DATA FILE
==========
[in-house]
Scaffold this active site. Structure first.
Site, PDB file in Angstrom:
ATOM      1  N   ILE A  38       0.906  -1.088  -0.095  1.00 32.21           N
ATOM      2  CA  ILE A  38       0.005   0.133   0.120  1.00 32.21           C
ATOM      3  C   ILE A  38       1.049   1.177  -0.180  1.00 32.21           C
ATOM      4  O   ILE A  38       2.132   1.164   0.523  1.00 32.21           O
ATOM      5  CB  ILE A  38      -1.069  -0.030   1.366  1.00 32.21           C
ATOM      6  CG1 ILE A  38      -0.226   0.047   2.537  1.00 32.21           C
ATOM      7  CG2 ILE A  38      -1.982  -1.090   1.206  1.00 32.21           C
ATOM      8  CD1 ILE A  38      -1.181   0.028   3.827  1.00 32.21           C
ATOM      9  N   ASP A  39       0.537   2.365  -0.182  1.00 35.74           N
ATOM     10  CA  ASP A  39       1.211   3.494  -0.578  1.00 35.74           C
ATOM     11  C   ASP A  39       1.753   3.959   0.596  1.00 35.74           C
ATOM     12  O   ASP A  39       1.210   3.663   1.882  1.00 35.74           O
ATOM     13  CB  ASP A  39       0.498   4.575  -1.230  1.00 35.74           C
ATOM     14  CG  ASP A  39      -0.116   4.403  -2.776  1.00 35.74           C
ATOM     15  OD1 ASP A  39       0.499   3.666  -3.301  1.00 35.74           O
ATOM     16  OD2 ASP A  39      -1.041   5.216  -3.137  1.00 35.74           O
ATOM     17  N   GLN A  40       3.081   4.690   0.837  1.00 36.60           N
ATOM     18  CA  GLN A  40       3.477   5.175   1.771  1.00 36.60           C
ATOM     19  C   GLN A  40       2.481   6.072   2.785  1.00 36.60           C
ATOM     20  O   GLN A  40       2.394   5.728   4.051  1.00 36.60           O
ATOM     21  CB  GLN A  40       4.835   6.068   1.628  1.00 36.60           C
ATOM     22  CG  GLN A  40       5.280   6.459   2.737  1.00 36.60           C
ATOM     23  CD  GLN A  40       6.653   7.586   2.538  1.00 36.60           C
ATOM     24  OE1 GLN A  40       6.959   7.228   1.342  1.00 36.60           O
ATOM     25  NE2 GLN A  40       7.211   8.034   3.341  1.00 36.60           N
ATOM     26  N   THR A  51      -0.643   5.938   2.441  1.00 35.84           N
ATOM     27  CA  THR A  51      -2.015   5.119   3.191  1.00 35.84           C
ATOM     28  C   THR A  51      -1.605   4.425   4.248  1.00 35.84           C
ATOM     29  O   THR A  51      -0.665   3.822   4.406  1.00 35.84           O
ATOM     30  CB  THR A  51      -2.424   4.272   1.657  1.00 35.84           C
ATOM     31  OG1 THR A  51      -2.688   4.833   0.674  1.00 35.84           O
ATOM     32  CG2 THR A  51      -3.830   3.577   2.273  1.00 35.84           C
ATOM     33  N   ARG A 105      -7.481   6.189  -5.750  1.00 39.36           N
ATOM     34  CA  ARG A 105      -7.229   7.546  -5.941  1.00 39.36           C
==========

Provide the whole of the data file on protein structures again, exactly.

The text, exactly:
[in-house]
Scaffold this active site. Structure first.
Site, PDB file in Angstrom:
ATOM      1  N   ILE A  38       0.906  -1.088  -0.095  1.00 32.21           N
ATOM      2  CA  ILE A  38       0.005   0.133   0.120  1.00 32.21           C
ATOM      3  C   ILE A  38       1.049   1.177  -0.180  1.00 32.21           C
ATOM      4  O   ILE A  38       2.132   1.164   0.523  1.00 32.21           O
ATOM      5  CB  ILE A  38      -1.069  -0.030   1.366  1.00 32.21           C
ATOM      6  CG1 ILE A  38      -0.226   0.047   2.537  1.00 32.21           C
ATOM      7  CG2 ILE A  38      -1.982  -1.090   1.206  1.00 32.21           C
ATOM      8  CD1 ILE A  38      -1.181   0.028   3.827  1.00 32.21           C
ATOM      9  N   ASP A  39       0.537   2.365  -0.182  1.00 35.74           N
ATOM     10  CA  ASP A  39       1.211   3.494  -0.578  1.00 35.74           C
ATOM     11  C   ASP A  39       1.753   3.959   0.596  1.00 35.74           C
ATOM     12  O   ASP A  39       1.210   3.663   1.882  1.00 35.74           O
ATOM     13  CB  ASP A  39       0.498   4.575  -1.230  1.00 35.74           C
ATOM     14  CG  ASP A  39      -0.116   4.403  -2.776  1.00 35.74           C
ATOM     15  OD1 ASP A  39       0.499   3.666  -3.301  1.00 35.74           O
ATOM     16  OD2 ASP A  39      -1.041   5.216  -3.137  1.00 35.74           O
ATOM     17  N   GLN A  40       3.081   4.690   0.837  1.00 36.60           N
ATOM     18  CA  GLN A  40       3.477   5.175   1.771  1.00 36.60           C
ATOM     19  C   GLN A  40       2.481   6.072   2.785  1.00 36.60           C
ATOM     20  O   GLN A  40       2.394   5.728   4.051  1.00 36.60           O
ATOM     21  CB  GLN A  40       4.835   6.068   1.628  1.00 36.60           C
ATOM     22  CG  GLN A  40       5.280   6.459   2.737  1.00 36.60           C
ATOM     23  CD  GLN A  40       6.653   7.586   2.538  1.00 36.60           C
ATOM     24  OE1 GLN A  40       6.959   7.228   1.342  1.00 36.60           O
ATOM     25  NE2 GLN A  40       7.211   8.034   3.341  1.00 36.60           N
ATOM     26  N   THR A  51      -0.643   5.938   2.441  1.00 35.84           N
ATOM     27  CA  THR A  51      -2.015   5.119   3.191  1.00 35.84           C
ATOM     28  C   THR A  51      -1.605   4.425   4.248  1.00 35.84           C
ATOM     29  O   THR A  51      -0.665   3.822   4.406  1.00 35.84           O
ATOM     30  CB  THR A  51      -2.424   4.272   1.657  1.00 35.84           C
ATOM     31  OG1 THR A  51      -2.688   4.833   0.674  1.00 35.84           O
ATOM     32  CG2 THR A  51      -3.830   3.577   2.273  1.00 35.84           C
ATOM     33  N   ARG A 105      -7.481   6.189  -5.750  1.00 39.36           N
ATOM     34  CA  ARG A 105      -7.229   7.546  -5.941  1.00 39.36           C